Skip to comments.Mt. Gox files for bankruptcy, blames hackers for losses
Posted on 02/28/2014 6:08:07 AM PST by Red in Blue PA
TOKYO (Reuters) - Mt. Gox, once the world's biggest bitcoin exchange, filed for bankruptcy protection in Japan on Friday, saying it may have lost nearly half a billion dollars worth of the virtual coins due to hacking into its faulty computer system.
The collapse caps a tumultuous few weeks in which the company has remained virtually silent after halting trades of the crypto-currency, shaking the nascent but burgeoning bitcoin community.
Wearing a suit instead of his customary T-shirt, Mt. Gox's French CEO Mark Karpeles bowed in contrition and apologised in Japanese at a news conference at the Tokyo District Court, blaming his firm's collapse on a "weakness in our system", but predicting that bitcoin would continue to grow.
(Excerpt) Read more at finance.yahoo.com ...
There was word these coins were protected. Simply wow!
Anyone who invests in bitcoin from here on out needs their head examined.
I’m assuming the deposit into Mt. Gox is part of the Bitcoin “chain” I keep hearing so much about. So anyone that attempts to use a Bitcoin where Mt. Gox is part of the the chain must be a hacker, right?
Digital money. Digial thievery.
Creating money out of thin air means its worth about the same.
might be a good time to get out right now and cash in to buy a million dollars house.
It’s probably a crime to hack the site, but except for that did the hackers steal anything real? Bankruptcy protection for what?
Someone enlighten me. The bitcoins stolen are encrypted and should be worthless to the hackers if they cannot trade them. Have the hackers just stolen bitcoins that are worth millions to the rightful owners, but not to them. But if they can trade them, isn’t there any audit trail or history referencing the previous owners.
I thought the same thing and realized that the paper and coin US currency is very similar. Maybe not immediately stolen but devalued out of existance.
But hey, it is backed by the promise of the federal government and the feds. That makes a difference. /sarc
Buh bye bitcoin?
I have little doubt that this was a well orchestrated clandestine government hack to take down Bit Coin. That said, anyone who invested in this Bit Coin was casino crazy.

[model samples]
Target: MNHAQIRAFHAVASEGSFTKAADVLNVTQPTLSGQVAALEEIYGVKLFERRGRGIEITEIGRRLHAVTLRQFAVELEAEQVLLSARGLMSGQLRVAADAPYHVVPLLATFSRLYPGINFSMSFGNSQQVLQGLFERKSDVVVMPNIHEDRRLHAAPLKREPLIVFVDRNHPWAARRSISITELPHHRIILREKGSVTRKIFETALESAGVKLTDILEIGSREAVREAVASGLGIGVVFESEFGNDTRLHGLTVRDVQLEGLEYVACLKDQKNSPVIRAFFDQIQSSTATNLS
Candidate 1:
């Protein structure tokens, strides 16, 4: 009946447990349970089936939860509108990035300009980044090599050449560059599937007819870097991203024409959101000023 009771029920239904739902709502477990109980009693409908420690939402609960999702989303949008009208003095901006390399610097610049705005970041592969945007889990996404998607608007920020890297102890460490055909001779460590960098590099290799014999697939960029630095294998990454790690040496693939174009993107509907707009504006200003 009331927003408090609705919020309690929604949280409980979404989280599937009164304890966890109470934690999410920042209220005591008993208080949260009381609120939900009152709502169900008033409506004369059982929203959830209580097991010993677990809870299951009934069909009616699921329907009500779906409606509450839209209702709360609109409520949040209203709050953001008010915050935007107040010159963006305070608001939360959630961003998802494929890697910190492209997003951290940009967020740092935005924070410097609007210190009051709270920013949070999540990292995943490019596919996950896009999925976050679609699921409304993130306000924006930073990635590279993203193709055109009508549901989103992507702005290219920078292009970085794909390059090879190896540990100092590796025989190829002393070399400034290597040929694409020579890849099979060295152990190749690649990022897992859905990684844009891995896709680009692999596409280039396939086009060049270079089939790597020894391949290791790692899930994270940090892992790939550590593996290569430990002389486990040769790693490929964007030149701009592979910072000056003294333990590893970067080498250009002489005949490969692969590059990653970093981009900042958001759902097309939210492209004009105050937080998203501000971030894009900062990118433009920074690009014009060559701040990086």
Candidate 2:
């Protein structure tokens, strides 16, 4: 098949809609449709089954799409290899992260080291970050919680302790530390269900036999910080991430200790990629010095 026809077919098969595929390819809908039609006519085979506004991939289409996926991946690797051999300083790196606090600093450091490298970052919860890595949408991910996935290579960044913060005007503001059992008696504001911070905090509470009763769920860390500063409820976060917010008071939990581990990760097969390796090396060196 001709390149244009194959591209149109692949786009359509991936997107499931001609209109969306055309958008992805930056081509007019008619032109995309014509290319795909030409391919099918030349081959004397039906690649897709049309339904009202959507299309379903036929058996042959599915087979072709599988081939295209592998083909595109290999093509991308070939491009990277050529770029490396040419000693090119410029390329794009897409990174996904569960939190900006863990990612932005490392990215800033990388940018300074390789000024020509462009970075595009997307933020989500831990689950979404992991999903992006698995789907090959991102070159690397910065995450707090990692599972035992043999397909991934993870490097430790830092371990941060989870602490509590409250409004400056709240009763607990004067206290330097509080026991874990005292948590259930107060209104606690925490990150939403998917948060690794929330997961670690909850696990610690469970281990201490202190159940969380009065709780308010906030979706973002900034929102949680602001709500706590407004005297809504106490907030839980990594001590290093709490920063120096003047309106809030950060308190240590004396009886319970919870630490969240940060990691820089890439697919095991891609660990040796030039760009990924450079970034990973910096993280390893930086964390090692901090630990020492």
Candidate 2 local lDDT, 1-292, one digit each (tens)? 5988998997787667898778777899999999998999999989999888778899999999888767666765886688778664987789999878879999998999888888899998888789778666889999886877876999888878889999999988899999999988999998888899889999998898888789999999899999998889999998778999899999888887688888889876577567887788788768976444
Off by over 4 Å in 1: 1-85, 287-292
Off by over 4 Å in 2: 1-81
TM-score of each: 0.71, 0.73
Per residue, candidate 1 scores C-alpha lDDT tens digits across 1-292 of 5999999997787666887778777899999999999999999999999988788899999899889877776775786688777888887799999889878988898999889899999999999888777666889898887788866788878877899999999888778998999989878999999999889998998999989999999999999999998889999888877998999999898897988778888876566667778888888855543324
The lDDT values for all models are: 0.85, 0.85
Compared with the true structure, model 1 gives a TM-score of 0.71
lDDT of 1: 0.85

> Bankruptcy protection for what?
All the shell companies they setup to facilitate their shemes. They set them up so they can get an FEIN which they can useto setup bank accounts that they use for money laundering purposes. While they’re active they use them as fronts for legal protection as well. They may set up many related or similar named companies to confuse and/or make it difficult for creditors to collect their unpaid promissory notes / commerial loans.
I was explaining my understanding of Bitcoin to others in a similar manner.
There's a chain of custody for every coin back to the "miner" or the entity who discovered the key.
So these coins are easily identified and blocked from future use.
It must be more complicated as these coins may have become anonymous and can be used. Perhaps the depositing process at this institution is flawed and the chain of custody cannot be violated.
If so the whole premise of crypt o-currency is null and void.
Deposit holding implies that the institution (MtGox)is honest and competent.
The problem is that the amounts stolen far exceed conventional currency theft, and the thieves can vanish in places we find hard to access. Pakistan anyone?
It also said there was a discrepancy of 2.8 billion yen ($27.4 million) in its bank accounts when it checked on Monday. Junko Suetomi, a lawyer with Baker & MacKenzie, said she could not comment on the balances of foreign bank accounts held by the company.
Much better article here: Mt. Gox Files for Bankruptcy, Claims $63.6m Debt
Started by people who didn’t understand how currency works.
A major problems begin here:
"That same document also described fiat assets of $32.43m and liabilities of $55m. The assets include $5m held by CoinLab and another $5.5m held by the DHS. The Department of Homeland Security seized that amount from Mt. Goxs US accounts in mid 2013, claiming it had not registered properly as a money transmission business."
Their U.S. account lines were also closed.
Not defending Mt. Gox, but let's give credit were credit is due, as well...
Probably true, nevertheless, Bitcoin now appears hackable, probably by anyone with enough computing power.
You sure about that?
There are no Bitcoin “accounts”. There is no identity attached that can be followed backward. It only goes forward because of the way the encryption works.
The transactions are what is kept track of, by everyone. Everyone has a copy of the “ledger”.
It’s not bitcoin that was hacked, it was the site (gox) and their wallet was raided. Wallets are stolen quite frequently just like they are in real life.
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